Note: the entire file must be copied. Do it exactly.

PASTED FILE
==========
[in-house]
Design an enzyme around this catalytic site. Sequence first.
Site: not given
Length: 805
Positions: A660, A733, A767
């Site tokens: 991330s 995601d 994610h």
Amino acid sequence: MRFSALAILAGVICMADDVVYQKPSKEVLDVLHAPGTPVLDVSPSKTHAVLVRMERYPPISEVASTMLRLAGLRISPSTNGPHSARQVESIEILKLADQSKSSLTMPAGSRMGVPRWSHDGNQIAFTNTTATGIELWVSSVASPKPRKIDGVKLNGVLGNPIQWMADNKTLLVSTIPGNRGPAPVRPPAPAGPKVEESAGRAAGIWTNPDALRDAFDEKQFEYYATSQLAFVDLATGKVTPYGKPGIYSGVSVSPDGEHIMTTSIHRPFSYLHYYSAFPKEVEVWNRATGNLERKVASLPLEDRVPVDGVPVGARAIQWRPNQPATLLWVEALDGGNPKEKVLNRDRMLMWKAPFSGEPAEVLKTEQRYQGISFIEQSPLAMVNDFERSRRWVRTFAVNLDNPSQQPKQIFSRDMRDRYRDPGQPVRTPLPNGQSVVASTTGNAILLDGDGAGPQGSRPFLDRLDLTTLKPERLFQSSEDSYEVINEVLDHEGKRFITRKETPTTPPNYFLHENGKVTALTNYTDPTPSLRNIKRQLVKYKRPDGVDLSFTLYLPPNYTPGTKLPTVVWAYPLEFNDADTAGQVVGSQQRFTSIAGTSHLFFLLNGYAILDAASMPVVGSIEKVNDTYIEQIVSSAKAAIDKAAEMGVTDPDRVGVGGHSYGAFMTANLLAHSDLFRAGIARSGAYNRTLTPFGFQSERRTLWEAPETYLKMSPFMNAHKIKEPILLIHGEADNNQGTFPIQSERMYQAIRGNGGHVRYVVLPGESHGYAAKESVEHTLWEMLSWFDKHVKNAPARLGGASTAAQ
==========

[in-house]
Design an enzyme around this catalytic site. Sequence first.
Site: not given
Length: 805
Positions: A660, A733, A767
């Site tokens: 991330s 995601d 994610h």
Amino acid sequence: MRFSALAILAGVICMADDVVYQKPSKEVLDVLHAPGTPVLDVSPSKTHAVLVRMERYPPISEVASTMLRLAGLRISPSTNGPHSARQVESIEILKLADQSKSSLTMPAGSRMGVPRWSHDGNQIAFTNTTATGIELWVSSVASPKPRKIDGVKLNGVLGNPIQWMADNKTLLVSTIPGNRGPAPVRPPAPAGPKVEESAGRAAGIWTNPDALRDAFDEKQFEYYATSQLAFVDLATGKVTPYGKPGIYSGVSVSPDGEHIMTTSIHRPFSYLHYYSAFPKEVEVWNRATGNLERKVASLPLEDRVPVDGVPVGARAIQWRPNQPATLLWVEALDGGNPKEKVLNRDRMLMWKAPFSGEPAEVLKTEQRYQGISFIEQSPLAMVNDFERSRRWVRTFAVNLDNPSQQPKQIFSRDMRDRYRDPGQPVRTPLPNGQSVVASTTGNAILLDGDGAGPQGSRPFLDRLDLTTLKPERLFQSSEDSYEVINEVLDHEGKRFITRKETPTTPPNYFLHENGKVTALTNYTDPTPSLRNIKRQLVKYKRPDGVDLSFTLYLPPNYTPGTKLPTVVWAYPLEFNDADTAGQVVGSQQRFTSIAGTSHLFFLLNGYAILDAASMPVVGSIEKVNDTYIEQIVSSAKAAIDKAAEMGVTDPDRVGVGGHSYGAFMTANLLAHSDLFRAGIARSGAYNRTLTPFGFQSERRTLWEAPETYLKMSPFMNAHKIKEPILLIHGEADNNQGTFPIQSERMYQAIRGNGGHVRYVVLPGESHGYAAKESVEHTLWEMLSWFDKHVKNAPARLGGASTAAQ